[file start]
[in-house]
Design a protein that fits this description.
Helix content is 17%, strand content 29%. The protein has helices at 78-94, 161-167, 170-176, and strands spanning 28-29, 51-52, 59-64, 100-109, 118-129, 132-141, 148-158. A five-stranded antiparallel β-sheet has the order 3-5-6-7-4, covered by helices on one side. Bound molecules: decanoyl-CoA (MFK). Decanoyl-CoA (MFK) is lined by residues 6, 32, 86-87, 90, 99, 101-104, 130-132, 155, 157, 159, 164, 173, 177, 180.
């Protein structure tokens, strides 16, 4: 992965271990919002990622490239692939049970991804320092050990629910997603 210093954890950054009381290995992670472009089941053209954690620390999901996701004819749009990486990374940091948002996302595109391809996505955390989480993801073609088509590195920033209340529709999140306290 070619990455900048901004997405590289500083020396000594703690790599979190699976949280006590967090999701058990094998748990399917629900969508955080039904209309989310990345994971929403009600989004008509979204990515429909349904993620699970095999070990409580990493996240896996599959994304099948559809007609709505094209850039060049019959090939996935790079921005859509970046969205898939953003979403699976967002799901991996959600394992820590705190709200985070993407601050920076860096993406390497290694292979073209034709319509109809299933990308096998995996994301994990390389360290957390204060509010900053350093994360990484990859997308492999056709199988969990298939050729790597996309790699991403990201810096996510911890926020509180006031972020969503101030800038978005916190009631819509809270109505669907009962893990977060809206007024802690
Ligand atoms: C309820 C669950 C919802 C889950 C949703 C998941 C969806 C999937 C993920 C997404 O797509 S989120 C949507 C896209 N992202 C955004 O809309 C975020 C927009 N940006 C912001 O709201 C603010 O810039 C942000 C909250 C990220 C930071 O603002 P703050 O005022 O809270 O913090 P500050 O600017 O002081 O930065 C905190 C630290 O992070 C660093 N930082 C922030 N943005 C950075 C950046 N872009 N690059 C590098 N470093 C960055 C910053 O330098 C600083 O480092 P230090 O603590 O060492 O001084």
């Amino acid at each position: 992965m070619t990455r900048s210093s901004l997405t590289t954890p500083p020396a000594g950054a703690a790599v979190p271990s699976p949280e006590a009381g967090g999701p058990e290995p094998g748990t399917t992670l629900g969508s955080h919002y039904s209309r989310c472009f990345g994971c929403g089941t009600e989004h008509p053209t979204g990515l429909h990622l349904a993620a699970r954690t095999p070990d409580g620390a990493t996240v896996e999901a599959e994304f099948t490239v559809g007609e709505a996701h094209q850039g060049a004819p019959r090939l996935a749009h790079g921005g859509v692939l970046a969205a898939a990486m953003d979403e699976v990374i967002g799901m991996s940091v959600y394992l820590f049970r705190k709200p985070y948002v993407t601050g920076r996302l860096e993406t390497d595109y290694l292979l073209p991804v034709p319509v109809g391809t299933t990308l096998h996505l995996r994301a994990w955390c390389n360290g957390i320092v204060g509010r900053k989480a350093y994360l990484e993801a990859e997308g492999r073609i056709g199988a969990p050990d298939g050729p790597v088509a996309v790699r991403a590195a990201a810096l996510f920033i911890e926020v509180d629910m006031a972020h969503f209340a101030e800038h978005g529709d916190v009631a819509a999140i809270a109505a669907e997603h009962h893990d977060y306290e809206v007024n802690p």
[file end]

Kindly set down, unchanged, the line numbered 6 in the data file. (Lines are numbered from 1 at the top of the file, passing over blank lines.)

């Amino acid at each position: 992965m070619t990455r900048s210093s901004l997405t590289t954890p500083p020396a000594g950054a703690a790599v979190p271990s699976p949280e006590a009381g967090g999701p058990e290995p094998g748990t399917t992670l629900g969508s955080h919002y039904s209309r989310c472009f990345g994971c929403g089941t009600e989004h008509p053209t979204g990515l429909h990622l349904a993620a699970r954690t095999p070990d409580g620390a990493t996240v896996e999901a599959e994304f099948t490239v559809g007609e709505a996701h094209q850039g060049a004819p019959r090939l996935a749009h790079g921005g859509v692939l970046a969205a898939a990486m953003d979403e699976v990374i967002g799901m991996s940091v959600y394992l820590f049970r705190k709200p985070y948002v993407t601050g920076r996302l860096e993406t390497d595109y290694l292979l073209p991804v034709p319509v109809g391809t299933t990308l096998h996505l995996r994301a994990w955390c390389n360290g957390i320092v204060g509010r900053k989480a350093y994360l990484e993801a990859e997308g492999r073609i056709g199988a969990p050990d298939g050729p790597v088509a996309v790699r991403a590195a990201a810096l996510f920033i911890e926020v509180d629910m006031a972020h969503f209340a101030e800038h978005g529709d916190v009631a819509a999140i809270a109505a669907e997603h009962h893990d977060y306290e809206v007024n802690p």